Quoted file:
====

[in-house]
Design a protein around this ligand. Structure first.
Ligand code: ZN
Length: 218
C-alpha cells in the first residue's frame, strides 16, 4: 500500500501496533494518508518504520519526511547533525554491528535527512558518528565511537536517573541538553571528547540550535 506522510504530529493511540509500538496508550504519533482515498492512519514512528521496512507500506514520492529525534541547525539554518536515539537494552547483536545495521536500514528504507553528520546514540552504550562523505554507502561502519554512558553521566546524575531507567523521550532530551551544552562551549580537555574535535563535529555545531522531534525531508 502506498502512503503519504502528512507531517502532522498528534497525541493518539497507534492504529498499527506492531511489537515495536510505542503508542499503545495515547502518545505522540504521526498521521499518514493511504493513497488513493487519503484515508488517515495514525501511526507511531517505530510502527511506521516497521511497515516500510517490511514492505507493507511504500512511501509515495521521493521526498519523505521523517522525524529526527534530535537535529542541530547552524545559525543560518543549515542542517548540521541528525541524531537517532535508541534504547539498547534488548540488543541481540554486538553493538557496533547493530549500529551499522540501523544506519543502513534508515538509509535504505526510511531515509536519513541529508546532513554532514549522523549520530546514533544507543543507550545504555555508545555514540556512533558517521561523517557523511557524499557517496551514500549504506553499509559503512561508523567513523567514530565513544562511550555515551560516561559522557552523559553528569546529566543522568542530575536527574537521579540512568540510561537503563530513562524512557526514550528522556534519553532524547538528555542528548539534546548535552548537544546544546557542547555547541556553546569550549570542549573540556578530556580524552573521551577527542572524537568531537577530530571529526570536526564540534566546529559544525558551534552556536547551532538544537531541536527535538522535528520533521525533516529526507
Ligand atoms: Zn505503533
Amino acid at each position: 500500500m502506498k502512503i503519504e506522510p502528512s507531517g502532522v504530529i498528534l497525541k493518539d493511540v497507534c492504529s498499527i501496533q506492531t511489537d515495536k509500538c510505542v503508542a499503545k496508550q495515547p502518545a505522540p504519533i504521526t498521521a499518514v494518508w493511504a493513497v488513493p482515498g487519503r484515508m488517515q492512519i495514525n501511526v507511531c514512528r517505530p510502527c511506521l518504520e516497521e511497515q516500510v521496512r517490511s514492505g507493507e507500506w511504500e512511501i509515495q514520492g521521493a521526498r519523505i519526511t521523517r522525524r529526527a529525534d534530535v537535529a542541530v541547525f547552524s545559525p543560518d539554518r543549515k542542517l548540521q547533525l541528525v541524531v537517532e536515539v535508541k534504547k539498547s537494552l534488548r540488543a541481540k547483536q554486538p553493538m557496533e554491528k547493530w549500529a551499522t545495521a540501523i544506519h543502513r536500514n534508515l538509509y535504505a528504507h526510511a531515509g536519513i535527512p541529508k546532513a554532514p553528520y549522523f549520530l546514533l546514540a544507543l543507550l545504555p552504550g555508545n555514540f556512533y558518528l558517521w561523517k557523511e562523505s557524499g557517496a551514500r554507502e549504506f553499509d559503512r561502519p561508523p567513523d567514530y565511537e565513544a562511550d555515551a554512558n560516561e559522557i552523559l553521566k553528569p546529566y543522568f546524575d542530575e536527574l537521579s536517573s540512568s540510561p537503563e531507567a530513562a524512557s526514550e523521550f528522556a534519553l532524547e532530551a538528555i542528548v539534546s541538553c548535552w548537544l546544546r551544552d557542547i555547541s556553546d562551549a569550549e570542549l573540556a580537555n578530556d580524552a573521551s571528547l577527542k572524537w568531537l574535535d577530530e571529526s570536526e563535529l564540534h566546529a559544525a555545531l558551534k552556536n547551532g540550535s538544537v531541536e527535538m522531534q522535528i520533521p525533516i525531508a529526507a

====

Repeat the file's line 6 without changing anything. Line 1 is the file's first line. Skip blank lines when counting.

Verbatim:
Ligand atoms: Zn505503533